The accommodative response of the Crystalens can create localized areas of intense refractive power (Figure 3), something that can only be explained by a change in the IOL's curvature. Compensatory flattening of the lens occurs around those areas. The Crystalens was originally designed to provide accommodation through axial movements, and the IOL may be able to change its radius of curvature in response to the ciliary body's contraction. The smaller size of the Crystalens' optic may contribute to better near vision than that attained with a standard 6-mm optic. Jack Holladay, MD, of Houston has suggested to me that the 4.5-mm optic of the Crystalens increases an eye's depth of field by 25% compared with an optic of 6mm in diameter.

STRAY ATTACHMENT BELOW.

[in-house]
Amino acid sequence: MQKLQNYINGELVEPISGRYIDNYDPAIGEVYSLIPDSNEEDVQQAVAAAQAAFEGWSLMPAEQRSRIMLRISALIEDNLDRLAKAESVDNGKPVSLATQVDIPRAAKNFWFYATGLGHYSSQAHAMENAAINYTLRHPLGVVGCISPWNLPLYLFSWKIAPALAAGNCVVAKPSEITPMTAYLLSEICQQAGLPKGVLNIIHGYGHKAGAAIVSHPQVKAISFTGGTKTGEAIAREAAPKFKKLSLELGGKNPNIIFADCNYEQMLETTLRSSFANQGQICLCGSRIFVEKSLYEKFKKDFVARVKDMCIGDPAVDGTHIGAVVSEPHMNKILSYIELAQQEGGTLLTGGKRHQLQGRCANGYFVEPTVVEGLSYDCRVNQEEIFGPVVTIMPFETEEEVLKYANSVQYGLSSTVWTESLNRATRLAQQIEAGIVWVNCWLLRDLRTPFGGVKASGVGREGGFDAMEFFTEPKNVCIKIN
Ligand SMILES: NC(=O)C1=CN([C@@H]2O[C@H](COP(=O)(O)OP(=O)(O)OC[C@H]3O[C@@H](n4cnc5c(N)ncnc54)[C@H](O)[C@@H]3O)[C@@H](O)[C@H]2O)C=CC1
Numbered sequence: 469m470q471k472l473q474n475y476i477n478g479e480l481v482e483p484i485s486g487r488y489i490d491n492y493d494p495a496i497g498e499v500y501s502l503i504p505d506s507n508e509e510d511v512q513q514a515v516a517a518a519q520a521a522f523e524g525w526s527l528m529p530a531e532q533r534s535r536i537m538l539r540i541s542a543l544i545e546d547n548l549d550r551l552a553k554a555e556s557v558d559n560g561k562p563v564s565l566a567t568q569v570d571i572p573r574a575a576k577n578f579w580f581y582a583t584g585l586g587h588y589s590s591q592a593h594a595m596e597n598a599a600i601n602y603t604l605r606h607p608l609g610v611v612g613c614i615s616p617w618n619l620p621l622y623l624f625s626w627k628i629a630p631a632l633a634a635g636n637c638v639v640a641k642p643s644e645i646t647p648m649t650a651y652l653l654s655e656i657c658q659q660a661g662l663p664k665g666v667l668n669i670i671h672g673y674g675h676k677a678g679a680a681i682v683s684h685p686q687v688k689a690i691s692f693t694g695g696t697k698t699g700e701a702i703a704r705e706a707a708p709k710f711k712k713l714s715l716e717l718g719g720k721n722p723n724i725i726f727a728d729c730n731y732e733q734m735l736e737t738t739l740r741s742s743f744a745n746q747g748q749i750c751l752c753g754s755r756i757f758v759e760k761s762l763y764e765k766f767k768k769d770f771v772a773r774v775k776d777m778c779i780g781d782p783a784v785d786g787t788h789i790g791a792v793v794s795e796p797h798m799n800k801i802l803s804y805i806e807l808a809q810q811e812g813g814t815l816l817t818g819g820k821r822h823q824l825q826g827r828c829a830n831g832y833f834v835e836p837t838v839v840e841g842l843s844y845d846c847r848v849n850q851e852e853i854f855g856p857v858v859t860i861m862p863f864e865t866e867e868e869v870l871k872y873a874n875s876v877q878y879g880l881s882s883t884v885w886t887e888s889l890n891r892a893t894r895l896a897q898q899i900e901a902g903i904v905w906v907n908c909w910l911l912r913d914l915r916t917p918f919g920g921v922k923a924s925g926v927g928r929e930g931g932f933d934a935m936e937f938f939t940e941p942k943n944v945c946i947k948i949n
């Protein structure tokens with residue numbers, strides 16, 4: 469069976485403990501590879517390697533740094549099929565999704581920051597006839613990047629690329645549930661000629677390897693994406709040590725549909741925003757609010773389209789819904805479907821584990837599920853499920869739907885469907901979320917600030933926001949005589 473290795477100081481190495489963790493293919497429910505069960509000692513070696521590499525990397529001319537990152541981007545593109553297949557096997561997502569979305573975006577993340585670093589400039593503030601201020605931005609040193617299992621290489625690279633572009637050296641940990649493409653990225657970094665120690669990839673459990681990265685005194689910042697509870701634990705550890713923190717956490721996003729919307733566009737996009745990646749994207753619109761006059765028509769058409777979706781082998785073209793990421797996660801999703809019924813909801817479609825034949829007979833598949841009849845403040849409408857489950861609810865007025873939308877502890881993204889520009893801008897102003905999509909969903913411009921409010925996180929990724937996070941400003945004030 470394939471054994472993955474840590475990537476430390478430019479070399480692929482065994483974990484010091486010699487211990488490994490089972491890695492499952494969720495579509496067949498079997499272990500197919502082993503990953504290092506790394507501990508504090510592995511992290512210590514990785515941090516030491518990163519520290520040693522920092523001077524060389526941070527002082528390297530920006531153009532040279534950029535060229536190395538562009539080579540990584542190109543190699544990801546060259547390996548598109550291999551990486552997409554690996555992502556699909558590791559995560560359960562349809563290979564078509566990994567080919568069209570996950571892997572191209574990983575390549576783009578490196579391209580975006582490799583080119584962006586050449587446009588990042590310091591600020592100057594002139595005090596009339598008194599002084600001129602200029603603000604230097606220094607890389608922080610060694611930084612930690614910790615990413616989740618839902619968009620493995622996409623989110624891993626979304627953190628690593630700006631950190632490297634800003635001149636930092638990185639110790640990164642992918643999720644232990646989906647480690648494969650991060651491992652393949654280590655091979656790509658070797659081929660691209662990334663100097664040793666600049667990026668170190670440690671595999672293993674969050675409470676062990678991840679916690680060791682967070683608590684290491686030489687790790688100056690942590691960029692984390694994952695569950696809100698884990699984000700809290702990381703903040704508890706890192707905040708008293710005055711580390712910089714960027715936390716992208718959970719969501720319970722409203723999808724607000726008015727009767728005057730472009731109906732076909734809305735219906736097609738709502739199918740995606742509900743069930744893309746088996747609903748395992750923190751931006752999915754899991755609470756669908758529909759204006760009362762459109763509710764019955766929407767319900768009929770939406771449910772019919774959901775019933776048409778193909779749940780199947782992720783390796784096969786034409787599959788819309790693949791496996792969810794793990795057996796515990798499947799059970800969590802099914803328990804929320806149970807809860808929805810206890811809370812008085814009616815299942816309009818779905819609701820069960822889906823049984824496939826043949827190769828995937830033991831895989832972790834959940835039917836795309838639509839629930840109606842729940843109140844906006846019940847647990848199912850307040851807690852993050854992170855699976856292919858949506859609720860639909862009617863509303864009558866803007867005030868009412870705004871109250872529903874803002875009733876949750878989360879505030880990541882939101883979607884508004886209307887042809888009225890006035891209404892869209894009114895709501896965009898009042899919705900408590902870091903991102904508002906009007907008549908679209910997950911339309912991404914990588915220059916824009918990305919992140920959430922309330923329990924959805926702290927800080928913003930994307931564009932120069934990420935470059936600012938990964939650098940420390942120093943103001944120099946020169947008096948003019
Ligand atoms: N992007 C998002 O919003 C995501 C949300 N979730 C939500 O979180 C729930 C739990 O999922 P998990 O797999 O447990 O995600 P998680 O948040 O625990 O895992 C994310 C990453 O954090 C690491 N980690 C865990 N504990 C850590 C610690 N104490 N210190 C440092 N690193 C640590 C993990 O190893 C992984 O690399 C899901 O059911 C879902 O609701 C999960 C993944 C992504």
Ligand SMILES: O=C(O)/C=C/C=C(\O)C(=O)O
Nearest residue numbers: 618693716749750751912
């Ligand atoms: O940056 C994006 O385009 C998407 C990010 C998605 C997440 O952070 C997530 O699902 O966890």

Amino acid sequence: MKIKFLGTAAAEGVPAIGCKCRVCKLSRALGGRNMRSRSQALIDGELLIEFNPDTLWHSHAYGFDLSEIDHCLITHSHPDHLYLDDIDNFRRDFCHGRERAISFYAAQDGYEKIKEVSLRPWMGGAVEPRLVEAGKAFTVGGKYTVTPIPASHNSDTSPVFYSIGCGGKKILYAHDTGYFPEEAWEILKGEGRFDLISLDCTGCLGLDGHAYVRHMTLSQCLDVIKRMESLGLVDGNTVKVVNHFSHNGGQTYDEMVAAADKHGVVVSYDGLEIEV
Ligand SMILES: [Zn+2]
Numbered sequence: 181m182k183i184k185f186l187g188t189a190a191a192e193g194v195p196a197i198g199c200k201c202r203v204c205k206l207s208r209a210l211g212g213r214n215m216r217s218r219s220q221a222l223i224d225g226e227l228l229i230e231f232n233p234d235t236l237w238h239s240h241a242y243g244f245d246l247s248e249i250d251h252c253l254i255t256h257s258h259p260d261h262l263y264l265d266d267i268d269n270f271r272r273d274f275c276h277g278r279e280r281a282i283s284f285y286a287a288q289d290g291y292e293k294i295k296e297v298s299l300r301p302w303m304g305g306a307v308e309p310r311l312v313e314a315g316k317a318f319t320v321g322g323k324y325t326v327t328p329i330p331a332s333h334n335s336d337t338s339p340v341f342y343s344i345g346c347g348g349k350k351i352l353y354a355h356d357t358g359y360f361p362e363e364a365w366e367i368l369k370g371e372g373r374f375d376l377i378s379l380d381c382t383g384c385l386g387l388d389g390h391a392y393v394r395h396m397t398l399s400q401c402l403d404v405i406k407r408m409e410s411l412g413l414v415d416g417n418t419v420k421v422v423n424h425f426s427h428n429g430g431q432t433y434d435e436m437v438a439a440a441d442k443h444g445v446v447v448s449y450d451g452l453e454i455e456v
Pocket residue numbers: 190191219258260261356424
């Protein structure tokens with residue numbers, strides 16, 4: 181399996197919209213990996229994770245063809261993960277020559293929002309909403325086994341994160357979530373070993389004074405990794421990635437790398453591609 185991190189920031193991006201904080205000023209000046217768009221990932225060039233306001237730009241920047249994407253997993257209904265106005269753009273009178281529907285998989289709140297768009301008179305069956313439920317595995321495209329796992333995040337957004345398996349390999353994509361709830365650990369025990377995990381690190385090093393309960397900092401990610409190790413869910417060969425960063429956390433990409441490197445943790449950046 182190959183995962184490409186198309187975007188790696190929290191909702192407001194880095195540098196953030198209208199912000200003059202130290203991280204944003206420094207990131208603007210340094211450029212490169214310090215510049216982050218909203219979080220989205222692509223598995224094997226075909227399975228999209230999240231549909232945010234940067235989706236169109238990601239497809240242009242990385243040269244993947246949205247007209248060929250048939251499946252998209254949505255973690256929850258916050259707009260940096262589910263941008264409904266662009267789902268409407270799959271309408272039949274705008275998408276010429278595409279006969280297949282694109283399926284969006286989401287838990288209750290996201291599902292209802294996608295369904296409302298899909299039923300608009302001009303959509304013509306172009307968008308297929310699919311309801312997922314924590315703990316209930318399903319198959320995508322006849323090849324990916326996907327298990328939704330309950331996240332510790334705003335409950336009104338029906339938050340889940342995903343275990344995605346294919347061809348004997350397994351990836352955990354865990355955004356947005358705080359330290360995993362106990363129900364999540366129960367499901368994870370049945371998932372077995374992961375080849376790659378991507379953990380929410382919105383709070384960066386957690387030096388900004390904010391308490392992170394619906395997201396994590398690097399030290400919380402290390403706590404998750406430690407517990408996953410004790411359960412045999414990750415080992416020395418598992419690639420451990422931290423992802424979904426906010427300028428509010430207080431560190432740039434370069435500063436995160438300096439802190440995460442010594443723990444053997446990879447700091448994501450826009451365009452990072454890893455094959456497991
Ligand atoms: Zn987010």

An increase in the IOL's radius of curvature requires very little anterior displacement of the lens. For example, if the Crystalens arches forward 0.3mm over a 2.0-mm diameter, it can provide as much as 10.00D of increased power. This form of accommodative arching may explain how the IOL can move posteriorly and still accommodate. When a patient accommodates, the lens as a whole can move 1mm posteriorly while a small section of it increases its radius of curvature and moves anteriorly, as described earlier. The net result would be a dramatic increase in power over the smaller area and a net posterior movement of the entire Crystalens.